Bottler: Gordon & MacPhail
Age: 58 years
Limitation: 347 bottles
Casks: 1st Fill Sherry Butt
chillfiltered and uncoloured
Let’s review the oldest whisky in the house – 58-year-old Mortlach, to be exact… just because it’s Christmas!
The nose starts out surprisingly restrained. Not an over-oaked dram at all, as I initially feared. Delicate even, but what a nose! Lots going on in the glass! A myriad of warm, sweet, dried fruits. Seriously! An abundance of dried plums, cherries, figs and a sneaky date as well. But oh so mellow and as elegant as dried fruits can be! Of course we’ve also got spices. But mellowed, gentle spices, no harshness at all. Cloves, a cinnamon stick, bay leaves and allspice. And herbs. Wormwood, perhaps? But that’s not all, of course. The fruits and spices are accompanied by cherry-flavoured pipe tobacco with black cavendish, the leather jacket of an orchard worker, an bee-keeper’s oak cabinet and a slice of chocolate fruit cake. Dense, interwoven, layered, “aged” and still very elegant. What a nose! I really hope the palate will be the same!Mmmmhhhh… interesting – slightly lighter than expected, on the dry side and teeth-coating!. Old oak does dominate the initial impression with dry and pleasantly bitter aromas, the dried fruits have moved into the background. The second sip reveals more fruits on a bed of waxed and polished oak boards – dried cherries, plums and raisins (just the aromas, not much of the fruity sweetness!). Black cavendish pipe tobacco is back, so are the spices – cloves, allspice and some wormwood. The only thing I’m missing a bit is sweetness, it is on the dry side. Still very good, layered and well-aged, it just doesn’t quite follow through on what the nose promised (but on a very high level!). The long finish is rich upon swallowing, a slight alcoholic tingle. Very dry, with polished oak floorboards, wax, dried fruits (again, just the flavour components), spices and herbs (cloves, wormwood, allspice). Fading away very consistently, leaving a waxy, (not too) oaky aftertaste.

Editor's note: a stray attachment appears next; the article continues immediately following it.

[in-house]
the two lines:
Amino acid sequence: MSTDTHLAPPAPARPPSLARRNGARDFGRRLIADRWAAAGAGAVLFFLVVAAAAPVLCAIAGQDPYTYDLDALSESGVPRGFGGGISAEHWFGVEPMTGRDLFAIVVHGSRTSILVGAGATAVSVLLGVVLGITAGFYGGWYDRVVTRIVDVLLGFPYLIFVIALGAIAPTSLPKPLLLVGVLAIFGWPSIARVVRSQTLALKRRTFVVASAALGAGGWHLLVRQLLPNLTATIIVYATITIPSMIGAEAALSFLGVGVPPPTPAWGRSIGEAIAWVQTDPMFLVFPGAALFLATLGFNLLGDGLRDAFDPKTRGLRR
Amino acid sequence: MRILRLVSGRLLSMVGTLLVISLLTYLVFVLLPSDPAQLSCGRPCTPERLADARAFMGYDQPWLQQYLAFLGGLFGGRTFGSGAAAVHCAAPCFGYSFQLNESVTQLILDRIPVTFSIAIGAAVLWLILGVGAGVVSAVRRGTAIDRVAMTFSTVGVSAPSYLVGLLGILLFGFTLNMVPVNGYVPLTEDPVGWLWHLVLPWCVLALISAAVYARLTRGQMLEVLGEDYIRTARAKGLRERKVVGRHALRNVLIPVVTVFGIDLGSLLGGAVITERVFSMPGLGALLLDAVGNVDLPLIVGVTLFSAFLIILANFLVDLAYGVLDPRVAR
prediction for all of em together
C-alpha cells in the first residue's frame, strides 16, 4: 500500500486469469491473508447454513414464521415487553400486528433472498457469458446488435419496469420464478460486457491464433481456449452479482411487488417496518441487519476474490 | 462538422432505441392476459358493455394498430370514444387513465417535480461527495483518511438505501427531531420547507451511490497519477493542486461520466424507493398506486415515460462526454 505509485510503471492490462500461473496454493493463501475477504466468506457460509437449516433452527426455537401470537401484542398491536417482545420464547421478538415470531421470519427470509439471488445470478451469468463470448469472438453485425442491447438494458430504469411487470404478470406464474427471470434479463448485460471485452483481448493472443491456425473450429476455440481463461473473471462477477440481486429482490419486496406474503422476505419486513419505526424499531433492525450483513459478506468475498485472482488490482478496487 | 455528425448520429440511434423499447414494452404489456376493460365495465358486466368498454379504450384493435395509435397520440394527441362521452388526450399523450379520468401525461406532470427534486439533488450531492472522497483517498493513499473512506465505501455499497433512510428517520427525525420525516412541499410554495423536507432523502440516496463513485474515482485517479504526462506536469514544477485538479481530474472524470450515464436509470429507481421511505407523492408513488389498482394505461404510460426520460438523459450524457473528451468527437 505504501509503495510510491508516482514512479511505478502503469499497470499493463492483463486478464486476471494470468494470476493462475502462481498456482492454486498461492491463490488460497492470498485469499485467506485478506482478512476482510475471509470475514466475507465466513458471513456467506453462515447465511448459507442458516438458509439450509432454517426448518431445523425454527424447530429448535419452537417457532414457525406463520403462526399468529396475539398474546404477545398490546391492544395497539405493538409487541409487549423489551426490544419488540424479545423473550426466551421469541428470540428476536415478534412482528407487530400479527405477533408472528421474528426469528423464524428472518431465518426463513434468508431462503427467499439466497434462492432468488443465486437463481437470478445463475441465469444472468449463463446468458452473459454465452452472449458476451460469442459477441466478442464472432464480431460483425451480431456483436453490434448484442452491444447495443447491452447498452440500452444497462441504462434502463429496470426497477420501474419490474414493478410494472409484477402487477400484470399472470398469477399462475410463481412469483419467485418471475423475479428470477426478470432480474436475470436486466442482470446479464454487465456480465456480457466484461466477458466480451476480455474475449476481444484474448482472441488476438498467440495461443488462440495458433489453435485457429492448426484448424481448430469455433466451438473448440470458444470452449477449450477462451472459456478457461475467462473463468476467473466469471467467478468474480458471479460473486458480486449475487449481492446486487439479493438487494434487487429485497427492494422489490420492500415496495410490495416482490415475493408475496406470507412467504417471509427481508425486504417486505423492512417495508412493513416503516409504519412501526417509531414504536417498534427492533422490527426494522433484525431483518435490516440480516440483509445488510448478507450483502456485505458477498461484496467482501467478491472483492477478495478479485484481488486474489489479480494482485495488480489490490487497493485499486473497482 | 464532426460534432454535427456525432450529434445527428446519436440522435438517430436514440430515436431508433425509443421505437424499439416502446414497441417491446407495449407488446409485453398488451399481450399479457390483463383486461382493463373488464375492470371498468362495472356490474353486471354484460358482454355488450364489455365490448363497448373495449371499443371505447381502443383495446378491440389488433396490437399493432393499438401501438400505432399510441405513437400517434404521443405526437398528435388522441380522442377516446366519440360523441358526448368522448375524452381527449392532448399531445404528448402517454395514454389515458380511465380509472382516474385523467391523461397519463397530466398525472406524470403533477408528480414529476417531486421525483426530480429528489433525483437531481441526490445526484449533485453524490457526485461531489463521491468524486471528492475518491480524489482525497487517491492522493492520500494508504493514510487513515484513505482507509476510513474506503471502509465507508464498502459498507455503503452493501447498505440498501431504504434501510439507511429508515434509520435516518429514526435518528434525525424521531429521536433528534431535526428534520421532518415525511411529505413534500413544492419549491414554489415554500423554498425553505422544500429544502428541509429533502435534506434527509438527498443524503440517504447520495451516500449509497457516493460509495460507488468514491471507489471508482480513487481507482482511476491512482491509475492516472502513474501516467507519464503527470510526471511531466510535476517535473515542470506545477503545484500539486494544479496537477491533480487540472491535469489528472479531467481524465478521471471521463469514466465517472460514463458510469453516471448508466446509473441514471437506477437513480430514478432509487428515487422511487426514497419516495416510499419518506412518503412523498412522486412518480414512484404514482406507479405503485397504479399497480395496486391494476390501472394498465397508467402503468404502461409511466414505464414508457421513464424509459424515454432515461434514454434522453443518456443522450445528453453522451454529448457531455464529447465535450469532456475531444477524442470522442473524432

Ha! Now there’s a surprise! This started out very dense and fruity on the nose, with a much more spicy, dry, waxy, oaky palate and finish. Not over-oaked at all, but you can tell this has been aged for a few decades. Very good stuff, especially if you like your drams on the dry side! Price? If you need to ask, you can’t afford it anyway and whiskies like these are a league of their own, you really do pay for exclusivity and rarity. That being said, G&M is one of the more reasonably priced bottlers of old whisky!
(Nose: 94 Palate: 90 Finish: 90)
Thanks to my malt mate Jo for sending me half of her sample she got by G&M for a tweet tasting!